REPRESSION AND REBIRTH: A Christian Minority in a Typical Chinese City
When Fuzhou’s Huaxiang Church was built in 1938, its steeple was the only vertical structure emerging from an ocean of traditional Ming-style residences. Since then its congregation became witness of the radical transformations in city and society: From decades of urban deterioration to an unprecedented era of prosperity and development; from the complete suppression of religious activity during the Cultural Revolution to a miraculous ten-fold growth of the number of Christians in the years since. Today, the little building finds itself at the bottom of a veritable maze of shopping malls and office blocks. In dire need for additional space, the congregation decided to build a supporting community centre on a plot of land adjacent to the historical building.
A CHURCH FOR THE EYE OF THE STORM: Conflicts and Contradictions of Place and Brief
The challenges imposed on the project were indeed extraordinary: Firstly, the client’s functional and spatial requirements were conflicting with the height and area restrictions imposed by the heritage authority on this small plot of land. Secondly, the isolated character of the site – surrounded by obstacles on all sides – determined that only upper levels would be visible from the public street nearby. Thirdly, the immediate adjacency of the new building to its historic counterpart, in the midst of an uncommunicative set of buildings high and low, modern and traditional, Eastern and Western, demanded a clear attitude regarding the relationship of old and new architecture.
HARMONIZING EVOLUTION: Rethinking Tradition to Embody a Changed Self-Perception
Our design convinced client and authorities alike, as it harmonizes such imbalances by adopting the role of an urban mediator: Subtly folding its contours and modulating its vertical development in a continuous up-and-down movement, the volume is visually scaled down into fragments, allowing this seven-times larger structure to relate in proportion and silhouette to the tiny church at its side. The fragments decrease in height the closer they are to the historic building, showcasing its bell tower and evoking the impression of an organically grown sky line.
The community centre’s façade makes a visual counterstatement to the gloss and shine of the curtain walls encircling it. It is finished in a red granite similar to the old church’s – tumbled down to smooth pebbles and applied to the walls using a pebble dash technique once typical for the local architecture and now almost entirely forgotten. In a religious sense, this infinitude of pebbles translates into matter the dual nature of the word “Church”, which refers not only to the single building itself, but also to the sum of all individual Christians which compose it. On a human level, it gives the Community Centre a haptic quality, warm and comforting to the human hand and always provoking a smile on the faces of adults and children who touch it. Aesthetically, it showcases the beauty that one can find in supposedly outdated materials, traditional techniques and handcraft, and proves that in an environment of extremes, sometimes humility stands out most clearly.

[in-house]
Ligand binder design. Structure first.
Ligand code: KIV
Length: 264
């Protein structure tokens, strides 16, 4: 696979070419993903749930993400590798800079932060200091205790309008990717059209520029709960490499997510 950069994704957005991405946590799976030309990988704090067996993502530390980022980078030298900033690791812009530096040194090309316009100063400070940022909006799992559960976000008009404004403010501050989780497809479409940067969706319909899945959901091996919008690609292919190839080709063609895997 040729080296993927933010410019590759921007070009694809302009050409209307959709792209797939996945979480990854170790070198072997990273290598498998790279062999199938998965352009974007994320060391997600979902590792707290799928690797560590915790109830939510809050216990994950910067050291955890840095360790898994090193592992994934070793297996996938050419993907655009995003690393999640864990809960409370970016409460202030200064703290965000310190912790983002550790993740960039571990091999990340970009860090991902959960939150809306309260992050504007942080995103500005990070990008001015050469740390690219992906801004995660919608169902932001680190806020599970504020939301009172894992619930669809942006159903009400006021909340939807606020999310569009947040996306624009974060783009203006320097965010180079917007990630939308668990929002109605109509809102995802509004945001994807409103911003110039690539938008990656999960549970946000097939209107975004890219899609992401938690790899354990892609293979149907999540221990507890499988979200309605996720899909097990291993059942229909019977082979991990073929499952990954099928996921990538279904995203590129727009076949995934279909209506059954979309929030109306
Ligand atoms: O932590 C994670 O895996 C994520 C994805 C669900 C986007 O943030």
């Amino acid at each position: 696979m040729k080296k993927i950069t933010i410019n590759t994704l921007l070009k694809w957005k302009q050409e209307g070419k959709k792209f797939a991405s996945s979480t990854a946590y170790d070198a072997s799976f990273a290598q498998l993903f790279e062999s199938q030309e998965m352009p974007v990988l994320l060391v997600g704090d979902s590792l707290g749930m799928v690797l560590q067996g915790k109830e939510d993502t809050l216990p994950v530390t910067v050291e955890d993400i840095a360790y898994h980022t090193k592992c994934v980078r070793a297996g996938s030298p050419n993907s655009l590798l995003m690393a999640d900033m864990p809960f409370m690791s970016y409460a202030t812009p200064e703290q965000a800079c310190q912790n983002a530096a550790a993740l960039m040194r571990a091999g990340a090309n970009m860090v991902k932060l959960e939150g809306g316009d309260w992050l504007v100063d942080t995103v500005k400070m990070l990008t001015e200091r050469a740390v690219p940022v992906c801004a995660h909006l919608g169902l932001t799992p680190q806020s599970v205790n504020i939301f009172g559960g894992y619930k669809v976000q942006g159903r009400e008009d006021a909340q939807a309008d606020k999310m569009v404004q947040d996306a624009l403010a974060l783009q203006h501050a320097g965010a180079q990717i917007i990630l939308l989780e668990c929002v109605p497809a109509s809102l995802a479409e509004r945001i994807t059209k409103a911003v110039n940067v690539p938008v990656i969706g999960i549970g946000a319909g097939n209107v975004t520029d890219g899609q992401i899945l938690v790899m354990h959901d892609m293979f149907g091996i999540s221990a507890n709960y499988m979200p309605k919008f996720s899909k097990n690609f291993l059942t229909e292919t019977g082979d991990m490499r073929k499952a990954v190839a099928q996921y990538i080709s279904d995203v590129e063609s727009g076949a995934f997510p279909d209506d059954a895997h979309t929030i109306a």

Functionally, the organization of the building corresponds to the client’s needs by providing a range of multifunctional spaces. As a central piece of this strategy, the roof top areas are conceived as publicly accessible open-air amphitheaters allowing the community to hold outdoor assemblies or enjoy being elevated from the worries of the world below. Seen from the neighbouring buildings, however, it constitutes a dramatic stage of urban proportions, upon which the community demonstrates its faith and shares its joy with the city. The new community centre therefore embodies a change in the congregation’s self-perception and in their mission as Chinese Christians: from a protective minority that hid in seclusion, to a community that now wants to be visible, open its heart to the world, reach out and invite to join. Only a few months after completion the community centre has already become a popular hang-out place for the youth and serves as viewing platform from which locals and tourists enjoy an unobstructed view onto the city’s historic district.
REPRESSION AND REBIRTH: A Christian Minority in a Typical Chinese CityWhen Fuzhou’s Huaxiang Church was built in 1938, its steeple was the only vertical structure emerging from an ocean of traditional Ming-style residences. Since then its congregation became witness of the radical transformations in city and society: From decades of urban deterioration to an unprecedented era of prosperity and development; from the complete suppression of religious activity during the Cultural Revolution...
- Year 2018
- Work started in 2015
- Work finished in 2018
- Status Completed works
- Type Churches